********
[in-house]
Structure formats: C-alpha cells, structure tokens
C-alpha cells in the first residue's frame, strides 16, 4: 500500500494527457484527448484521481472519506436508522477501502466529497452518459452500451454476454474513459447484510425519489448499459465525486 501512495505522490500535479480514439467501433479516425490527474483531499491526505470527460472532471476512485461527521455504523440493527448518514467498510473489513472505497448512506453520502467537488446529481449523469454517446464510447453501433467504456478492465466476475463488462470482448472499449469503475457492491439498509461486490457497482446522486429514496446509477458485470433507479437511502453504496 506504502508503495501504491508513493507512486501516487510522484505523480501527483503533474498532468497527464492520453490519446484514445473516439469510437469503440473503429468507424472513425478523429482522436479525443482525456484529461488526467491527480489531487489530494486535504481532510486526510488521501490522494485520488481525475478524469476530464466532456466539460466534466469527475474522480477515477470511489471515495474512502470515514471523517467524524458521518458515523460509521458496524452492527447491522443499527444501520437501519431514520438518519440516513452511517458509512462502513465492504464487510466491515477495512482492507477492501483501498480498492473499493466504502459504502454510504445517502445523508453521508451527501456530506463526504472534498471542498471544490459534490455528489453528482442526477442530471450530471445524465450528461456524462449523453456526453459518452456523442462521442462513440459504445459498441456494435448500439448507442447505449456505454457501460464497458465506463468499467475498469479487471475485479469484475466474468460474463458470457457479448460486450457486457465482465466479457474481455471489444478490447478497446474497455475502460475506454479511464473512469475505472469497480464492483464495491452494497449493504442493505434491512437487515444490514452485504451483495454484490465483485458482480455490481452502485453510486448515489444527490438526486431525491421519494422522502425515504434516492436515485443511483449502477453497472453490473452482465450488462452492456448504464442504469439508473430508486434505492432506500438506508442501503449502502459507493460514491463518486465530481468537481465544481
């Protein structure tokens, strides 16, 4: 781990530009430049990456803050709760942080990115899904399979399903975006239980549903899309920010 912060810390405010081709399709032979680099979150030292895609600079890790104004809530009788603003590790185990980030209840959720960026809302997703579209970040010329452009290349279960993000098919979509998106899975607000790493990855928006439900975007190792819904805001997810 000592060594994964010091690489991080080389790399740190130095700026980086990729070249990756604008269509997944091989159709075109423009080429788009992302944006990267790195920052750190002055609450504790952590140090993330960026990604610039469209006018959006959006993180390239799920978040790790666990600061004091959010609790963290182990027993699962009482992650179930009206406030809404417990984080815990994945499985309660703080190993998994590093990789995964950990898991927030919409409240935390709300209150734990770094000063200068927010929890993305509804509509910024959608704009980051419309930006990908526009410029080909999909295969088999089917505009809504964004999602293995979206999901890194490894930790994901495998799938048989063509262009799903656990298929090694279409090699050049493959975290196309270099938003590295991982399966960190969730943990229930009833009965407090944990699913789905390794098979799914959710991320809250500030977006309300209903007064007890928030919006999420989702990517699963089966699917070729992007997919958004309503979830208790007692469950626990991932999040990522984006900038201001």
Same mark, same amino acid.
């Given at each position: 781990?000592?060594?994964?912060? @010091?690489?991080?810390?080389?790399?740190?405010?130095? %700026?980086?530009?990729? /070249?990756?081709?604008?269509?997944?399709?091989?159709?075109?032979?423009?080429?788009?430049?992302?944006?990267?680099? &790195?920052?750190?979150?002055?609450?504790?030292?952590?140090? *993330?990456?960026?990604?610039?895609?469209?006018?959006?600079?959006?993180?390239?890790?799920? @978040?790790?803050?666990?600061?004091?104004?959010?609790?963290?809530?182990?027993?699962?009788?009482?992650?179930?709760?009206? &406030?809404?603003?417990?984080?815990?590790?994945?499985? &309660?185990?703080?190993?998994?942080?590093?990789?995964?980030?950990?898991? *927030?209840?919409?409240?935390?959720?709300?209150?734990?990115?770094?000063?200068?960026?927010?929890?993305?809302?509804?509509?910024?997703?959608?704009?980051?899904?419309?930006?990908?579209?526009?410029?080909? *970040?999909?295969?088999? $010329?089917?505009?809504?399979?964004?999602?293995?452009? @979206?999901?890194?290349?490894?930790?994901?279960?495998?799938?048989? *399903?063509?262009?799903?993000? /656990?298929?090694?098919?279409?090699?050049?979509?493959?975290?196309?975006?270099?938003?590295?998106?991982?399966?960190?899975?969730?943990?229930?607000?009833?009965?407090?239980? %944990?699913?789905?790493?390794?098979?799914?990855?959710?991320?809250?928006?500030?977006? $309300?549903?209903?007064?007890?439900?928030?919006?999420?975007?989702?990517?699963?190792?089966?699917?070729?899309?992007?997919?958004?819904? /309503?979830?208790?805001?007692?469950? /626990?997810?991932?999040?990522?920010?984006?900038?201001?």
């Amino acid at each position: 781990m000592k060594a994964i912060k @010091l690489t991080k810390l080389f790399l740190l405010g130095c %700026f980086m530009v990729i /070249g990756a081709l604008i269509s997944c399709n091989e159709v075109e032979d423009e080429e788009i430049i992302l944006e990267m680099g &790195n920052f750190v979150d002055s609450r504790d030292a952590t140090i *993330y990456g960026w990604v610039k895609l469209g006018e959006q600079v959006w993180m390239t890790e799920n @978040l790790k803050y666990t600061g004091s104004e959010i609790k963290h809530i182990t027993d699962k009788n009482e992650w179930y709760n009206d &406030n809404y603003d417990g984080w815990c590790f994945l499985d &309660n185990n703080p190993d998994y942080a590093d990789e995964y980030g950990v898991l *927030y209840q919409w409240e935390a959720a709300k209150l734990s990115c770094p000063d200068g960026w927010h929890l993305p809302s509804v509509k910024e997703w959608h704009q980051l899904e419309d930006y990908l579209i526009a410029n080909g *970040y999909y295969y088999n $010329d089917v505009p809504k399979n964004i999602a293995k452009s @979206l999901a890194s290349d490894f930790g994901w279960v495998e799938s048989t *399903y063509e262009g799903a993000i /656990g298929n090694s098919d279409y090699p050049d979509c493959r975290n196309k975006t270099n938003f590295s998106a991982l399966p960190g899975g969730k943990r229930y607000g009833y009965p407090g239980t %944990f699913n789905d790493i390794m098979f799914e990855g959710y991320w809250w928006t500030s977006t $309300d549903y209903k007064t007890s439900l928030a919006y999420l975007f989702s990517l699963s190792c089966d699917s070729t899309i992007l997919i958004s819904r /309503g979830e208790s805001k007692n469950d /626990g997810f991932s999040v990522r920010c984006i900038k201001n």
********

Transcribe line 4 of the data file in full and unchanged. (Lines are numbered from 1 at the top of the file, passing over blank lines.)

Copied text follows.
């Protein structure tokens, strides 16, 4: 781990530009430049990456803050709760942080990115899904399979399903975006239980549903899309920010 912060810390405010081709399709032979680099979150030292895609600079890790104004809530009788603003590790185990980030209840959720960026809302997703579209970040010329452009290349279960993000098919979509998106899975607000790493990855928006439900975007190792819904805001997810 000592060594994964010091690489991080080389790399740190130095700026980086990729070249990756604008269509997944091989159709075109423009080429788009992302944006990267790195920052750190002055609450504790952590140090993330960026990604610039469209006018959006959006993180390239799920978040790790666990600061004091959010609790963290182990027993699962009482992650179930009206406030809404417990984080815990994945499985309660703080190993998994590093990789995964950990898991927030919409409240935390709300209150734990770094000063200068927010929890993305509804509509910024959608704009980051419309930006990908526009410029080909999909295969088999089917505009809504964004999602293995979206999901890194490894930790994901495998799938048989063509262009799903656990298929090694279409090699050049493959975290196309270099938003590295991982399966960190969730943990229930009833009965407090944990699913789905390794098979799914959710991320809250500030977006309300209903007064007890928030919006999420989702990517699963089966699917070729992007997919958004309503979830208790007692469950626990991932999040990522984006900038201001």